NEW YORK -- Though income and education gaps between black and white Americans have narrowed significantly, black households still have barely one-tenth the net worth of white households, according to a new National Urban League report.
Middle class blacks' tenuous hold on prosperity reflects racial discrimination in housing and other wealth-building arenas — both historically and now — and suggests that today's civil rights battles are largely economic, said Marc H. Morial, Urban League president.
"Since the 1960s, one of the success stories is the growth of the African-American middle class — those who are college-educated, participating throughout the American economy and growing in stature and influence," Morial said. "But what we face is that these successes of 40 years are being eroded. The danger is the great backslide that can occur."
"The State of Black America 2005," scheduled to be released Wednesday at a Washington news conference, comes as the Urban League also calls on Congress to assemble a bipartisan commission on economic equality and advancement.
Analyzing a broad range of government statistics, the report compares life quality for blacks and whites in dozens of categories related to economics, health, education, civic participation and social justice. Taking the whole picture into account, the report produced a measure of blacks overall well-being, which it described as barely three-fourths that of whites — a ratio that was unchanged from last year to this year.
"Last year, I said I looked forward to seeing these numbers improve. Our update, however, does not represent an improvement," said James Diffley of Global Insight, the Philadelphia-based economic research firm that compiled the data. "There is a gap between black America and white America."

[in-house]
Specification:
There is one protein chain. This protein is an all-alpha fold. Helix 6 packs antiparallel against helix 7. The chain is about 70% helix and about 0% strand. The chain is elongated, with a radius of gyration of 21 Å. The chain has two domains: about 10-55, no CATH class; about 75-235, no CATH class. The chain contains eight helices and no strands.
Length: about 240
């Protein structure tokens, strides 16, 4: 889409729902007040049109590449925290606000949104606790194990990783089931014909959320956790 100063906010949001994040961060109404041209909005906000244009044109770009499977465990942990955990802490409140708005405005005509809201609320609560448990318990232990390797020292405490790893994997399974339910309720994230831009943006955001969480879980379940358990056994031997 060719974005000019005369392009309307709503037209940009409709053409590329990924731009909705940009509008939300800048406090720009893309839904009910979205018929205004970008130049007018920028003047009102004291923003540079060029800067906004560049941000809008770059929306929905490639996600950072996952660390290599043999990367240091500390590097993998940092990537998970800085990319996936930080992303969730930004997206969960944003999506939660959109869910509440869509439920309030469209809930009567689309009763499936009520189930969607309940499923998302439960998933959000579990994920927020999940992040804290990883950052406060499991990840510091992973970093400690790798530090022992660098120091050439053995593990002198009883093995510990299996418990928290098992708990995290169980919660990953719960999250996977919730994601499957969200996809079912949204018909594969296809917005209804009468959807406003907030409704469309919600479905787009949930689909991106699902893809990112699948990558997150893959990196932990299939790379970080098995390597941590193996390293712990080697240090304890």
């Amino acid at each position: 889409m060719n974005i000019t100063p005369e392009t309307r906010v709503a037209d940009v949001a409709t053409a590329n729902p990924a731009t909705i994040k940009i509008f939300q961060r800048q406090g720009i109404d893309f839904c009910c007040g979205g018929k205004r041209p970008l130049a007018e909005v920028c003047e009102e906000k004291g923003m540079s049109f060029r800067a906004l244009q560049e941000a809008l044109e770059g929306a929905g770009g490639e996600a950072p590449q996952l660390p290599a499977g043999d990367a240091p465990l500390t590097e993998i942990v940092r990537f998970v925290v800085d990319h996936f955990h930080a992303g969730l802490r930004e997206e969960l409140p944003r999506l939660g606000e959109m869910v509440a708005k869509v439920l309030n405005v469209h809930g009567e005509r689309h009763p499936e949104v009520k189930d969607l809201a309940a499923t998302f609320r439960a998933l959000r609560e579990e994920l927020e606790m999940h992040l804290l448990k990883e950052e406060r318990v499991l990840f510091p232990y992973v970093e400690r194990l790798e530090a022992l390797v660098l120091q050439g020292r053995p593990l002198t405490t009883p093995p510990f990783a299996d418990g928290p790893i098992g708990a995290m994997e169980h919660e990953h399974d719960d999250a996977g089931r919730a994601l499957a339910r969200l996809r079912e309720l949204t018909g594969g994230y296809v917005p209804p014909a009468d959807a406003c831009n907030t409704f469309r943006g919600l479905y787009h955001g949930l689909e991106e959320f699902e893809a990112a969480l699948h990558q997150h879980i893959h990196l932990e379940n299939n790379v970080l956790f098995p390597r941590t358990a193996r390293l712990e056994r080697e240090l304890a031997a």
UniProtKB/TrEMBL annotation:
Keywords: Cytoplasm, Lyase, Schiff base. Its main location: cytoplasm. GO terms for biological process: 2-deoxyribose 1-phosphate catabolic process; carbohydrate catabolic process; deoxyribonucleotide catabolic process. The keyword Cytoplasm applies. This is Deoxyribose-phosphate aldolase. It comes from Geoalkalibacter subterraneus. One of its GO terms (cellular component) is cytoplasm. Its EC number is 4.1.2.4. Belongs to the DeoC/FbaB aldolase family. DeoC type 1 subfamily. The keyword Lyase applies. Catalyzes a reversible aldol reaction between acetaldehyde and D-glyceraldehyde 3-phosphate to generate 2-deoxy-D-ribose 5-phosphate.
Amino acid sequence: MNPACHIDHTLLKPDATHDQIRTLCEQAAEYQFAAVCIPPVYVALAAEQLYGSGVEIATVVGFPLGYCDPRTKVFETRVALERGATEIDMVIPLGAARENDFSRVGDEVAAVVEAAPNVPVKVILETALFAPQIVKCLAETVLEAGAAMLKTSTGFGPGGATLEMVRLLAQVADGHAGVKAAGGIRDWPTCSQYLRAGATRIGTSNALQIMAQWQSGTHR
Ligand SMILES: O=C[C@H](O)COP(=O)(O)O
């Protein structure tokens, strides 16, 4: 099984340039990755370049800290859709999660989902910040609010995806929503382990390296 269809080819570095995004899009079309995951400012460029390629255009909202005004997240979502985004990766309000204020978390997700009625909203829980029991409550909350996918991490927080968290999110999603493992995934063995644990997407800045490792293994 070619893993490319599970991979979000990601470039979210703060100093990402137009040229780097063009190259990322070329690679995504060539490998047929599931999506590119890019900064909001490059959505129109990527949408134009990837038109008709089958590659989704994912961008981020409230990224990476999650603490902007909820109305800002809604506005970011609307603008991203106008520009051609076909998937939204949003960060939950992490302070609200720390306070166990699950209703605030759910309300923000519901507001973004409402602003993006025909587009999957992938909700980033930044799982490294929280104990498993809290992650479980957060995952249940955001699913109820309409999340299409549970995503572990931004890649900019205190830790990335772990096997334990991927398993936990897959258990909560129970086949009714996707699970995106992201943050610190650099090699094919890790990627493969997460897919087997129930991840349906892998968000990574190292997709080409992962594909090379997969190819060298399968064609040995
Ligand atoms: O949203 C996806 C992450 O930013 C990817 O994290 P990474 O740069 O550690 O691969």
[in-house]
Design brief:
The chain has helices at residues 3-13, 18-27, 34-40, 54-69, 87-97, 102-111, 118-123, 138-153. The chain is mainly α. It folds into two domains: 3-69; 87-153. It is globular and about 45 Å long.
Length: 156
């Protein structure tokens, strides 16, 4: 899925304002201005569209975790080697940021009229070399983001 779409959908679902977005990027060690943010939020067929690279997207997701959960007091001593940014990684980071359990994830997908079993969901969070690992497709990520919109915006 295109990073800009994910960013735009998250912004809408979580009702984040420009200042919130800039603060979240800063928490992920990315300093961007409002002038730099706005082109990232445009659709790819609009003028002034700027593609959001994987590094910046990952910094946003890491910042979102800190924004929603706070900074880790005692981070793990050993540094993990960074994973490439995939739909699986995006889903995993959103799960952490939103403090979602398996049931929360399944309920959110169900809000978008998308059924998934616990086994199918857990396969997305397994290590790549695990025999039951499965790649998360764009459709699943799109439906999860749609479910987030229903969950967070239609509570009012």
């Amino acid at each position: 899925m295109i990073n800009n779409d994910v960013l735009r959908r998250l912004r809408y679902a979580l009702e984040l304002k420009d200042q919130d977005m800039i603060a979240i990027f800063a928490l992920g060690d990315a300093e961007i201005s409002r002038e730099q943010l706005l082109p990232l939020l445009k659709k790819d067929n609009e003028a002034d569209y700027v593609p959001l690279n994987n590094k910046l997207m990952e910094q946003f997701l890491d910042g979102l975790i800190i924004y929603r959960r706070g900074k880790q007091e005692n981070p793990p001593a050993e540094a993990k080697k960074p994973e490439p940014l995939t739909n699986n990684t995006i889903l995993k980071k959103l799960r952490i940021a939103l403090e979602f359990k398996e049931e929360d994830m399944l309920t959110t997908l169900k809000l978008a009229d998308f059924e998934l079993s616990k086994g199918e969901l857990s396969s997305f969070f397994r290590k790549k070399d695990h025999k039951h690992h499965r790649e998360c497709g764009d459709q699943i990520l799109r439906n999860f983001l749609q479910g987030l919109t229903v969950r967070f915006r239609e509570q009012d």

Among the report's findings:
- Blacks have more than double the unemployment rate of whites.
- Less than half of blacks own homes compared to more than three-fourths of whites.
- Black youth are more likely to have poorly trained teachers, live in poverty and not have health insurance than whites.
- Still, the report also makes clear that black America has made significant gains in some areas.
Since 1960, when black men earned only 50 cents for every dollar earned by white men, income gaps have narrowed as the black middle class has grown and become more educated. In 2000, black men earned 64 cents on the dollar, according to Thomas M. Shapiro, a professor of law and social policy at Brandeis University who wrote an essay, "The Racial Wealth Gap," in the Urban League's report.
But Shapiro argues that income merely reflects recent advances.
In contrast, net worth shows how families accumulate gains over generations. "Wealth really rounds the picture out and gives us a deeper perspective," said Shapiro, whose essay is based on his book, "The Hidden Cost of Being African American," published last year.
The median net worth of black versus white households has remained virtually unchanged for more than a decade: In 2000, black households on average were worth $6,166 compared to $67,000 for whites, census data show. The ratio was virtually identical in the early 1990s.
Since most Americans build wealth through home ownership, inequities in the housing market explain much of the gap, Shapiro said. Historically, blacks were explicitly barred from buying homes in some neighborhoods.
Today, studies show, among blacks and whites with comparable credit histories, blacks are 60 percent more likely to be denied home loans as whites, he said.
This wealth gap, Shapiro writes, "is reversing gains earned in schools and on jobs and making inequality worse."
The Urban League report also includes essays on such wide-ranging topics as government inaction regarding reported abuse by law enforcement officers and the theory that black students underachieve because they fear being accused of "acting white."
It concludes with several recommendations for change, including: renewing the federal Voting Rights Act before it expires in 2007; creating a national program to reincorporate former prisoners into society; and, setting aside government funding for universal preschool.
It also stresses that middle class black Americans should donate time and money to help alleviate inequality.
"Those who have achieved need to give back," Morial said.
© 2005 The Associated Press